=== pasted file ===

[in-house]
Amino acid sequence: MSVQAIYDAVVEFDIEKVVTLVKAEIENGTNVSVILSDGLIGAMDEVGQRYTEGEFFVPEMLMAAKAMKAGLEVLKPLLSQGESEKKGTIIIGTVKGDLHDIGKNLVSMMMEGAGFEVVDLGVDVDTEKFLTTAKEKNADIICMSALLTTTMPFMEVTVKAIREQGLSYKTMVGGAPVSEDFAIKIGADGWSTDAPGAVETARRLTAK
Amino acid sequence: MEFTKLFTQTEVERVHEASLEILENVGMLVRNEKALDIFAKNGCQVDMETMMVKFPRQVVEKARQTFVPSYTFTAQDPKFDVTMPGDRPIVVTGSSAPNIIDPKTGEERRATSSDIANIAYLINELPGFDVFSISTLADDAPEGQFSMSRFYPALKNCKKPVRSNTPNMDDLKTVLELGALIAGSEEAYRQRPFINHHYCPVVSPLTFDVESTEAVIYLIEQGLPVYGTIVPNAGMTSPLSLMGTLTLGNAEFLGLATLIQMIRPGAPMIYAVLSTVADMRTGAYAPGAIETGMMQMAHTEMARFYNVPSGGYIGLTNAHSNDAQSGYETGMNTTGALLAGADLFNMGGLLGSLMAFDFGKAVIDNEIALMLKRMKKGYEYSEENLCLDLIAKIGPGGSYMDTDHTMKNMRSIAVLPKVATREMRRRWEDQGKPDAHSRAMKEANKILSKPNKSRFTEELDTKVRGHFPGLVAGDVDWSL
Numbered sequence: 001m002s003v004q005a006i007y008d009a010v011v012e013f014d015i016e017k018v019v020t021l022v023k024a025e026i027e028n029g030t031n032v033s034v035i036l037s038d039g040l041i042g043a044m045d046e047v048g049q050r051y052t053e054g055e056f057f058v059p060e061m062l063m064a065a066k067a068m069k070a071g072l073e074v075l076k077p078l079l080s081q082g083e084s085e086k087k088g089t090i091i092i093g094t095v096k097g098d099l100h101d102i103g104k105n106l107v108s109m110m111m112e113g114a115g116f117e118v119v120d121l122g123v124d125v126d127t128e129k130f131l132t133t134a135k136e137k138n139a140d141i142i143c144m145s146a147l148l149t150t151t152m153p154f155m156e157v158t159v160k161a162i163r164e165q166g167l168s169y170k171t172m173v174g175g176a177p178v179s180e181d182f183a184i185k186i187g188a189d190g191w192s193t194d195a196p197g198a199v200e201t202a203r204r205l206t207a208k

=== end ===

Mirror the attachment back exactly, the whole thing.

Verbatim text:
[in-house]
Amino acid sequence: MSVQAIYDAVVEFDIEKVVTLVKAEIENGTNVSVILSDGLIGAMDEVGQRYTEGEFFVPEMLMAAKAMKAGLEVLKPLLSQGESEKKGTIIIGTVKGDLHDIGKNLVSMMMEGAGFEVVDLGVDVDTEKFLTTAKEKNADIICMSALLTTTMPFMEVTVKAIREQGLSYKTMVGGAPVSEDFAIKIGADGWSTDAPGAVETARRLTAK
Amino acid sequence: MEFTKLFTQTEVERVHEASLEILENVGMLVRNEKALDIFAKNGCQVDMETMMVKFPRQVVEKARQTFVPSYTFTAQDPKFDVTMPGDRPIVVTGSSAPNIIDPKTGEERRATSSDIANIAYLINELPGFDVFSISTLADDAPEGQFSMSRFYPALKNCKKPVRSNTPNMDDLKTVLELGALIAGSEEAYRQRPFINHHYCPVVSPLTFDVESTEAVIYLIEQGLPVYGTIVPNAGMTSPLSLMGTLTLGNAEFLGLATLIQMIRPGAPMIYAVLSTVADMRTGAYAPGAIETGMMQMAHTEMARFYNVPSGGYIGLTNAHSNDAQSGYETGMNTTGALLAGADLFNMGGLLGSLMAFDFGKAVIDNEIALMLKRMKKGYEYSEENLCLDLIAKIGPGGSYMDTDHTMKNMRSIAVLPKVATREMRRRWEDQGKPDAHSRAMKEANKILSKPNKSRFTEELDTKVRGHFPGLVAGDVDWSL
Numbered sequence: 001m002s003v004q005a006i007y008d009a010v011v012e013f014d015i016e017k018v019v020t021l022v023k024a025e026i027e028n029g030t031n032v033s034v035i036l037s038d039g040l041i042g043a044m045d046e047v048g049q050r051y052t053e054g055e056f057f058v059p060e061m062l063m064a065a066k067a068m069k070a071g072l073e074v075l076k077p078l079l080s081q082g083e084s085e086k087k088g089t090i091i092i093g094t095v096k097g098d099l100h101d102i103g104k105n106l107v108s109m110m111m112e113g114a115g116f117e118v119v120d121l122g123v124d125v126d127t128e129k130f131l132t133t134a135k136e137k138n139a140d141i142i143c144m145s146a147l148l149t150t151t152m153p154f155m156e157v158t159v160k161a162i163r164e165q166g167l168s169y170k171t172m173v174g175g176a177p178v179s180e181d182f183a184i185k186i187g188a189d190g191w192s193t194d195a196p197g198a199v200e201t202a203r204r205l206t207a208k